Restoring the Rogue (OR)

The Rogue River was one of the nation's first designated Wild and Scenic Rivers. Recreational opportunities abound from the Lost Creek Reservoir to the Pacific Ocean. There are several fun day trips downstream of Lost Creek Reservoir which now flows freely with the removal of 3 dams: Gold Ray, Gold Hill, and Savage Rapids. Now that all of these dams are gone, fish passage has been enhanced while safety and navigation have been improved. Downstream of Grants Pass the river enters a remote wilderness, and the Wild and Scenic section from Grave Creek to Foster Bar is known as one of the finest wilderness river trips in the country. A limited number of permits are distributed for this section. Protecting the special scenic qualities of this resource remains a priority for American Whitewater. From Foster Bar to the Pacific Ocean the river is best known as a place for jet boating and fishing with convenient roadside access for day trips. :projects:rogue_rainie.jpg

Dam Removal

Three mainstem dams on the Rogue River between Lost Creek Reservoir and Grants Pass along with the partially completed dam on Elk Creek have impacted the flow of the Rogue River. Although this section of the Rogue is not as well known to paddlers as the world-famous Wild and Scenic section downstream, removal of the dams is now improving fish passage and navigability greatly enhancing the quality of this river as a recreational resource.

Heading downstream the first dam was Gold Ray Dam. This dam was originally constructed for hydropower but generation ceased in 1972 after the project was determined to no longer be cost effective. As reported in a July 20th, 2007 editorial in the Medford Mail Tribune: The Rogue River is a jewel in our midst. Removing a dam that serves no real purpose seems like an obvious step toward making that jewel shine even more brightly. The dam was removed in the summer of 2010.

The next dam downstream was the Gold Hill Dam, a municipal water diversion that was removed in the summer of 2008. The city completed a new water intake facility upstream of the dam in May of 2006 making the old diversion dam no longer necessary.

The biggest barrier to fish migration was the Savage Rapids Dam which was operated by the Grants Pass Irrigation District. In July 2001 parties came to an agreement to suspend litigation and focus on a plan to remove the Savage Rapids Dam and install pumps that now provide the irrigation district with the water it needs. The contract to remove the dam was issued in August 2006 and work was soon underway to construct the new pumping station. The dam was removed in fall of 2009 restoring the free flow of the Rogue River at this site for the first time in decades.

In addition to these dams on the mainstem Rogue, there is a partially completed dam on Elk Creek a major tributary on this section. Construction on this Army Corps of Engineers flood control dam began in 1986. Construction stopped in 1988 with approximately 1/3 of the dam completed. The decision to discontinue work on this dam was the result of litigation and additional studies that demonstrated the dam did not make economic sense and would have significant impacts on salmon. For years salmon were trucked around the dam site but the dam was notched in 2008 providing unhindered fish passage and opening the river to navigation through the dam site.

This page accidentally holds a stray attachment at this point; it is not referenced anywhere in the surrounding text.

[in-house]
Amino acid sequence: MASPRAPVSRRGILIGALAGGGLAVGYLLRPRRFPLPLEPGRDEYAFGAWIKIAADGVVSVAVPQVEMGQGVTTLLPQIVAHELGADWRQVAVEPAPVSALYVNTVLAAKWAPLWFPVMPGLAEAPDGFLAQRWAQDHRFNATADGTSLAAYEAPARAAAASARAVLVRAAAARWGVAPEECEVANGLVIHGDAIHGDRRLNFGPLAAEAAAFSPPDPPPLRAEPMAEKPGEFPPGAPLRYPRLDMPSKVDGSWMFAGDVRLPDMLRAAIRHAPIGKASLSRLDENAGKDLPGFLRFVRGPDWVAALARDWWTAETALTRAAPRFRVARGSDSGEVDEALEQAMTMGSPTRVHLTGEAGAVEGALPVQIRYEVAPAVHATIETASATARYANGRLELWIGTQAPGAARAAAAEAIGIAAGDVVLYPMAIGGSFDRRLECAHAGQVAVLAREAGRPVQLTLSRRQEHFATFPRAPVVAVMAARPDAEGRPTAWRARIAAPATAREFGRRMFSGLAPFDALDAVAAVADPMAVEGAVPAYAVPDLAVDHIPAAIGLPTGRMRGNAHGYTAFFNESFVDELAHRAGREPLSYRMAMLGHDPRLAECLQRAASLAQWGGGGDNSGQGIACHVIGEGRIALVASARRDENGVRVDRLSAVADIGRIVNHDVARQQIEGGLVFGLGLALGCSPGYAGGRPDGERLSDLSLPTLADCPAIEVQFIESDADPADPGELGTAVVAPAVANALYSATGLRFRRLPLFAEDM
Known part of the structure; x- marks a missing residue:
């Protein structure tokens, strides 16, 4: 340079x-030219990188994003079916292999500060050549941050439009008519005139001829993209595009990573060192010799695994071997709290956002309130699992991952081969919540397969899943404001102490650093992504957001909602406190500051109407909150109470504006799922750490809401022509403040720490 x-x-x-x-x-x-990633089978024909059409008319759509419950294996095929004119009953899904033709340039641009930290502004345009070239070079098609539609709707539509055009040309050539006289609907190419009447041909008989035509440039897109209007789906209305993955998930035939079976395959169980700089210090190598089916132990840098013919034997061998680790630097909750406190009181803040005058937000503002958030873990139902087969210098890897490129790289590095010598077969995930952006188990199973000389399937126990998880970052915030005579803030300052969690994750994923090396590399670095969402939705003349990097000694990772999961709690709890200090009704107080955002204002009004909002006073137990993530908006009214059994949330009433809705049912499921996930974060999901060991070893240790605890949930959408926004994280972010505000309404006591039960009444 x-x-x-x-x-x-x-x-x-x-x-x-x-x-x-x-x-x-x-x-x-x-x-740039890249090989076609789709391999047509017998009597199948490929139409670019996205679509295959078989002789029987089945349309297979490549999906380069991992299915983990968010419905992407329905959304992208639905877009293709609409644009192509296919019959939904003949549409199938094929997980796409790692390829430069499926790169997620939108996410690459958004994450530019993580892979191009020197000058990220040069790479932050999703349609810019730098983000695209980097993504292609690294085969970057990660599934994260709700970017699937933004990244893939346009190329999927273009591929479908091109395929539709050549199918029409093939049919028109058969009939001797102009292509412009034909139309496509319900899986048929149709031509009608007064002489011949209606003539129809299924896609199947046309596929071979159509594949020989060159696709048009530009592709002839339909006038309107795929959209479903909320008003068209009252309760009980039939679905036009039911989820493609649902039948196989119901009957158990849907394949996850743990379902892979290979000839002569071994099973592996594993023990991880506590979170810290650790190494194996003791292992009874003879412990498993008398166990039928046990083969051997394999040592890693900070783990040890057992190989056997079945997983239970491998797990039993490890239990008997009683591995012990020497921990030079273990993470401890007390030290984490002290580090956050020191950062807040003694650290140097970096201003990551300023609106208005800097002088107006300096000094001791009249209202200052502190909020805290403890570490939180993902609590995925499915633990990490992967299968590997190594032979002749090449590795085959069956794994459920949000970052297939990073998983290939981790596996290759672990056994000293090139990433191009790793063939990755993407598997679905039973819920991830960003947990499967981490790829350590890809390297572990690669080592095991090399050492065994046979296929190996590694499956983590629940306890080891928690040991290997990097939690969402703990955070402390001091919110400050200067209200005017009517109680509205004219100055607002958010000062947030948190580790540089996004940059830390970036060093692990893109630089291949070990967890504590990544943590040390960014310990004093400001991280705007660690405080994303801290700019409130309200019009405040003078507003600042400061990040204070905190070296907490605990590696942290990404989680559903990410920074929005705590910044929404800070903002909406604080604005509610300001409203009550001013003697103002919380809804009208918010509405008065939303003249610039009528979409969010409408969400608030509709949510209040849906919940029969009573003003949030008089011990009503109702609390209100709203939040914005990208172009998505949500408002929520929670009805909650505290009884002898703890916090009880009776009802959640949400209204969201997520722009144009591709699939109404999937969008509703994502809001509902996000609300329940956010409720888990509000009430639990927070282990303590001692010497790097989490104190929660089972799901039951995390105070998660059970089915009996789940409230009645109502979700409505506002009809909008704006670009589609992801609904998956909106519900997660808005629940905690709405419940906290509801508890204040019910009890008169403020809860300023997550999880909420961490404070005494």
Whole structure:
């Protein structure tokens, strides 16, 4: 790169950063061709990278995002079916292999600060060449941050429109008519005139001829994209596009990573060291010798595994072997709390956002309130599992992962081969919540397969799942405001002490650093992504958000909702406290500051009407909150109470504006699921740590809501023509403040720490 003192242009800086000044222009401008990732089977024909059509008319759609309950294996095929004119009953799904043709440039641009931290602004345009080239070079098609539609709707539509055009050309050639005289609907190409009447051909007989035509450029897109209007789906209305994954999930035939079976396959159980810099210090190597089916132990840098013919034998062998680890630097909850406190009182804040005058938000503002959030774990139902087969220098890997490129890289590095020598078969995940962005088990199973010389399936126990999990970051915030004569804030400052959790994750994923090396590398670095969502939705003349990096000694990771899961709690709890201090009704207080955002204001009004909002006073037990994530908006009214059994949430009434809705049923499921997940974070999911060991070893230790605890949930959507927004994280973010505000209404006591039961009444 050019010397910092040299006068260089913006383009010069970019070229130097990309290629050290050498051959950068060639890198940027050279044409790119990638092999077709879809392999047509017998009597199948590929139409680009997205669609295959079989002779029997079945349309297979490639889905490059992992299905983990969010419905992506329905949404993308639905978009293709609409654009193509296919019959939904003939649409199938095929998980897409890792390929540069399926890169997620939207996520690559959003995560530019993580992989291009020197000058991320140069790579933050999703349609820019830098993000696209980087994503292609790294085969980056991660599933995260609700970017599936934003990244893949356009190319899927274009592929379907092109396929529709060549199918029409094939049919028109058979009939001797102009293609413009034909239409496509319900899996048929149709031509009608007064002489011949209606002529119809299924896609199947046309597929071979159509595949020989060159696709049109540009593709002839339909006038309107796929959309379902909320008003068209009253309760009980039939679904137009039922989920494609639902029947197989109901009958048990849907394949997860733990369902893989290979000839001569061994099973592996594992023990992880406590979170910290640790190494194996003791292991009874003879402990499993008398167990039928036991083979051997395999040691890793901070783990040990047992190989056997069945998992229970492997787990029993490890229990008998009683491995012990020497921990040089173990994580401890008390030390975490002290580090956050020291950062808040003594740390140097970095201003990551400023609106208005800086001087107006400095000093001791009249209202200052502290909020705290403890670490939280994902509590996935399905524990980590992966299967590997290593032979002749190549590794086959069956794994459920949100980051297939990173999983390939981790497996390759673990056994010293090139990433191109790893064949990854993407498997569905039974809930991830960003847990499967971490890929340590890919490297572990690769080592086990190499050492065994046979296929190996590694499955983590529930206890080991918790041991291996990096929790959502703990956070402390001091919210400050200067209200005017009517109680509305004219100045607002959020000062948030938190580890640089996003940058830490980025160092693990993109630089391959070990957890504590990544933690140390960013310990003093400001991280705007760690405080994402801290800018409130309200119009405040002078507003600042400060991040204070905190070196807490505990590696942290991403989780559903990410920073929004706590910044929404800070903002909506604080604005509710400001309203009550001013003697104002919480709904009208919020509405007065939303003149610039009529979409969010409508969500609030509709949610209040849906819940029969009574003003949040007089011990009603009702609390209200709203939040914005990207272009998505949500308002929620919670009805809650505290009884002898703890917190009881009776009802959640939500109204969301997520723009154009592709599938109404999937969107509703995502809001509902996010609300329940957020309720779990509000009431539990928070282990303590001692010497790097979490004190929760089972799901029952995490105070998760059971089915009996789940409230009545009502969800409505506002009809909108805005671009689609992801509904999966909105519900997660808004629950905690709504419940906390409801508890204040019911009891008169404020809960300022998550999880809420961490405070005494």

Protection of the Wild and Scenic Rogue

The Rogue was one of the original eight rivers included in the Wild and Scenic Rivers Act of 1968. The 84 mile Wild and Scenic section begins 7 miles west of Grants Pass and ends 11 miles upstream of Gold Beach where the river joins the Pacific Ocean. On its journey through the the Coast Range, the Rogue flows through one of the most spectacular and biologically unique wilderness areas in the United States. Those lucky enough to obtain a permit can enjoy one of the best whitewater runs in the country with world-class fishing opportunities. Only part of this section is protected through the Wilderness Act and Wild and Scenic Rivers Act. Large areas within the valley of the river that are currently roadless are open to logging, mining, and road building. Now is the time to protect these roadless areas that define the wilderness experience of the Rogue River. To learn more about this effort visit Save the Wild Rogue.

Other Issues

  • River Management: From time to time other issues come up on this river. River managers have floated ideas for a campsite reservation system that has generally received a cool response from recreational river runners.
  • Navigability: The state made a navigability determination for the Rogue River not surprisingly concluding that it is navigable from the ocean to Lost Creek Reservoir.
  • Jet Boat Use: The lower reaches of the Wild and Scenic section see jet boat use by the “mail boat” and downstream of Foster Bar one can expect to encounter quite a few private jet boats. This lowest section of the river has been the site of an annual jet boat race.

The contacts below include staff and volunteers working on this project. Make sure you are logged in if you wish to join the group.

projects - Restoring the Rogue (OR)

Title Name City
Thomas O'Keefe Seattle WA Details...
Bill Cross Ashland OR Details...


Documents

Associated Rivers

Elk Creek (Rogue) [OR]

Events

Calendar Control Date:
Calendar by Date by Title

September 2016

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North Fork Rogue Releases
10:00 am -4:00 pm pst
250-250 cfs

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North Fork Rogue Releases
10:00 am -4:00 pm pst
Project inflow up to 450 cfs.450-250 cfs

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Events
North Fork Rogue Releases Prospect,OR runs 07/18/09 - 09/05/16
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